Already struggling to survive with little or no access to even basic health-care services, Somalis experienced some of the worst violence in over a decade in 2008, with people in the central and southern parts of the country living under increasingly deteriorating humanitarian conditions. While difficult to verify given the collapsed health-care system, Somalia has some of the worst health indicators in the world: one in ten women die during child birth and more than one in five children die before their fifth birthday. The impact of the war on childhood malnutrition was exacerbated by skyrocketing food prices and a prolonged drought in the country.
Since fighting between Transitional Federal Government forces, supported by the internationally backed Ethiopian troops, and an array of insurgent groups began in December 2006, the United Nations estimates about one million Somalis have fled their homes. Intensifying combat in one of the capital’s most populated residential areas resulted in a surge of wounded civilians and once again displaced thousands of people. In Mogadishu, MSF treated nearly 2,300 patients for injuries caused by mortar rounds and bullets from January to late November, underscoring the fact that hundreds of thousands of civilians live in a war zone. To the north in Galcayo, a relatively calm city in comparison to the capital, an MSF team still operated on or treated more than 500 victims of violence in 2008.
On the road from Mogadishu to Afgooye, where many have been forced to flee from violence, there are more than 250,000 displaced people living in appalling conditions. Since January, more than 9,500 children were treated for malnutrition by MSF medical teams. The population is largely dependent on external food aid, but assistance is provided intermittently, and families fleeing violence are met with a lack of shelter, food, and health care.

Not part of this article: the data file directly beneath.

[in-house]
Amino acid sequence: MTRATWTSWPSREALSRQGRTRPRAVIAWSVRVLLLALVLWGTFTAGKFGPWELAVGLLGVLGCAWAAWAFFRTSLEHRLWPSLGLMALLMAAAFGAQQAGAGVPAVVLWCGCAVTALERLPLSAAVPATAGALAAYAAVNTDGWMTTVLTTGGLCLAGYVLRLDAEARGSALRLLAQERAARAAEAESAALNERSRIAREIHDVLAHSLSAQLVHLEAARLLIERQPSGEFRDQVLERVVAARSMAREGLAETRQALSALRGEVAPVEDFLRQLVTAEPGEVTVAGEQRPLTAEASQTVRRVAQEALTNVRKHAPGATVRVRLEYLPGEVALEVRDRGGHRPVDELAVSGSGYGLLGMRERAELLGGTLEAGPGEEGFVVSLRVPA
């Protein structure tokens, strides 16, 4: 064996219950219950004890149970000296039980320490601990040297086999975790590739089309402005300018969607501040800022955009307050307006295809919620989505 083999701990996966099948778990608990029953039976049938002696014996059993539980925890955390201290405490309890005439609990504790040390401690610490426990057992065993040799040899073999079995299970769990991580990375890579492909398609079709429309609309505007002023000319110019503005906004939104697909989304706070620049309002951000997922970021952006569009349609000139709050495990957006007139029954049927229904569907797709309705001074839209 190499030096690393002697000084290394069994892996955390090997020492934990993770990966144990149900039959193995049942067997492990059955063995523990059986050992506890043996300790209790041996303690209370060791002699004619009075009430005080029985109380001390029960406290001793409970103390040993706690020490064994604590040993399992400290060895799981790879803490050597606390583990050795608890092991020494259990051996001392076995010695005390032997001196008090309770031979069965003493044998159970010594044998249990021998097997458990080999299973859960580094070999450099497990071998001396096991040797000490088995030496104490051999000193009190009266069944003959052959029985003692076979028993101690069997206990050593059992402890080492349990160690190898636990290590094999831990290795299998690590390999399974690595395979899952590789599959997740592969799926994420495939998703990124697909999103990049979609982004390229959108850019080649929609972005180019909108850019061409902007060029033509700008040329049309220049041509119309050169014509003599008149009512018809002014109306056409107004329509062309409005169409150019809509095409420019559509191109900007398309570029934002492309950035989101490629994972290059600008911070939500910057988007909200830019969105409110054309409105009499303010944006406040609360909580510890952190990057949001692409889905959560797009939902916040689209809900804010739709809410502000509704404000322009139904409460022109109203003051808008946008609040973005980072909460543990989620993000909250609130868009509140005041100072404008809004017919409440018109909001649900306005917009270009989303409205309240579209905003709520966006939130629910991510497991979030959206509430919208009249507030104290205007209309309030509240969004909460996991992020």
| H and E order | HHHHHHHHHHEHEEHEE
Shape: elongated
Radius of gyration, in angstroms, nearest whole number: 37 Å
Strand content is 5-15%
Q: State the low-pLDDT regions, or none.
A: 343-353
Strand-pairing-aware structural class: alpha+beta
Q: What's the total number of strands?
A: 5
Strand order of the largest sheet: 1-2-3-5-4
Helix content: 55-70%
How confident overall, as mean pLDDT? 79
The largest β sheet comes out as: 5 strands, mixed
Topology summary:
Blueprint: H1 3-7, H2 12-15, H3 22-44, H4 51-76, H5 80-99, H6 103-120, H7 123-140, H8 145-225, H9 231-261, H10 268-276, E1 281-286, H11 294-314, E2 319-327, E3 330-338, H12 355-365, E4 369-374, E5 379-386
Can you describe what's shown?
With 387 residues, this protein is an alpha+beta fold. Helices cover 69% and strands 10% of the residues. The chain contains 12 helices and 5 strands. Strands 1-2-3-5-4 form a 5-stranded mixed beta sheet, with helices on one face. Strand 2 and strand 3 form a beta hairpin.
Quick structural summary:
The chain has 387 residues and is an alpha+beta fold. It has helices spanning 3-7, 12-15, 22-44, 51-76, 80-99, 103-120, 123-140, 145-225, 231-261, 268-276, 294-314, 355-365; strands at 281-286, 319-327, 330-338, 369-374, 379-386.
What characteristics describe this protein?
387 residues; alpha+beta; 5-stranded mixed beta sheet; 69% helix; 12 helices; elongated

Somalis are taking extreme risks to leave the country, mainly heading south into Kenya. There are currently 200,000 refugees, according to the UN High Commissioner for Refugees, in three camps in Kenya. Recently, an additional 35,000 arrived at these camps. Those who are unable to seek refuge in Kenya make their way north, where many have risked their lives boarding smugglers’ boats to cross the Gulf of Aden to reach Yemen. According to UN figures, more than 43,500 people—mostly Somalis, but also Ethiopians fleeing hunger and persecution—attempted the journey in 2008. Passengers say that more than 100 people are routinely packed into the 30- to 40-person vessels. Many suffocate while others drown before they can reach the shore. Since the beginning of 2008, MSF teams in southern Yemen have treated more than 8,000 people who have arrived by boat.
This appalling humanitarian situation has unfolded amid a stark increase in targeted attacks, including assassinations and kidnappings, against aid workers, deeming Somalia—a country with seemingly limitless humanitarian needs—an almost impossible place to deliver and administer aid. In early 2008, MSF was forced to withdraw its 97 international staff members after 3 colleagues were killed in a roadside bomb attack in the southern port town of Kismayo. The kidnapping, and subsequent release of two staff members in Bossasso, in Somalia’s autonomous Puntland region, forced the closure of a health and nutritional program in the city. In August, MSF ceased medical activities in one of its clinics, based in the Wardigley/Hodan area of Mogadishu, due to increased fighting and security risks for patients and staff.
MSF currently has no international staff permanently based in Somalia and the organization’s lifesaving humanitarian work continues thanks to the national staff members who keep the programs running. In 2008, MSF continued to work in 9 regions in the country, providing primary health care, malnutrition treatment, health care and support to the displaced people, surgery, water and relief supply distributions in an attempt to meet some of the massive needs of the Somali population.
“Because of the constant flow of people fleeing Mogadishu, the camps are getting more and more crowded. Families of five have less than a few square meters to settle in, without proper shelter. Despite the insecurity, MSF has still been able to respond thanks to our Somali colleagues, who are taking tremendous risks to provide assistance. We are unable to meet any needs other than the immediate, life-saving needs. Our response is most certainly inadequate when taking into account the gravity of the situation.”
MSF head of mission for Somalia